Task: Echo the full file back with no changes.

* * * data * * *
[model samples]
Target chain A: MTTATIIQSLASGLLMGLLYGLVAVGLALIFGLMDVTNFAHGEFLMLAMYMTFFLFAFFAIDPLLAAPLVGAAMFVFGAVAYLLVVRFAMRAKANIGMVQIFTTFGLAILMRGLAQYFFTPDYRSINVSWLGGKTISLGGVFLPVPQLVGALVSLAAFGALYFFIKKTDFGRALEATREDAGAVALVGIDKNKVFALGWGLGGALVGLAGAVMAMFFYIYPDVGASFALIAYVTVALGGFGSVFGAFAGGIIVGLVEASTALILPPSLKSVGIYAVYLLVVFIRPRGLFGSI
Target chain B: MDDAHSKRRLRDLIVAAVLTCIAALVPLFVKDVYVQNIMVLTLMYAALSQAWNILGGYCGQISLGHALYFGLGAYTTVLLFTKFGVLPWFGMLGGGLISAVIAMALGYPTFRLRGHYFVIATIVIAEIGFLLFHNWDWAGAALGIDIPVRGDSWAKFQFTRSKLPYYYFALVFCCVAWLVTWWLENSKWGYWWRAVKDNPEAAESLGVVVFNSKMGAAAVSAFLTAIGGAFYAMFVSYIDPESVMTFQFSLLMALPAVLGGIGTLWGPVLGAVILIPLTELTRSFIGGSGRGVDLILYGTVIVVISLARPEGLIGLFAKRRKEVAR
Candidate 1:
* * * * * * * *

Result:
[model samples]
Target chain A: MTTATIIQSLASGLLMGLLYGLVAVGLALIFGLMDVTNFAHGEFLMLAMYMTFFLFAFFAIDPLLAAPLVGAAMFVFGAVAYLLVVRFAMRAKANIGMVQIFTTFGLAILMRGLAQYFFTPDYRSINVSWLGGKTISLGGVFLPVPQLVGALVSLAAFGALYFFIKKTDFGRALEATREDAGAVALVGIDKNKVFALGWGLGGALVGLAGAVMAMFFYIYPDVGASFALIAYVTVALGGFGSVFGAFAGGIIVGLVEASTALILPPSLKSVGIYAVYLLVVFIRPRGLFGSI
Target chain B: MDDAHSKRRLRDLIVAAVLTCIAALVPLFVKDVYVQNIMVLTLMYAALSQAWNILGGYCGQISLGHALYFGLGAYTTVLLFTKFGVLPWFGMLGGGLISAVIAMALGYPTFRLRGHYFVIATIVIAEIGFLLFHNWDWAGAALGIDIPVRGDSWAKFQFTRSKLPYYYFALVFCCVAWLVTWWLENSKWGYWWRAVKDNPEAAESLGVVVFNSKMGAAAVSAFLTAIGGAFYAMFVSYIDPESVMTFQFSLLMALPAVLGGIGTLWGPVLGAVILIPLTELTRSFIGGSGRGVDLILYGTVIVVISLARPEGLIGLFAKRRKEVAR
Candidate 1: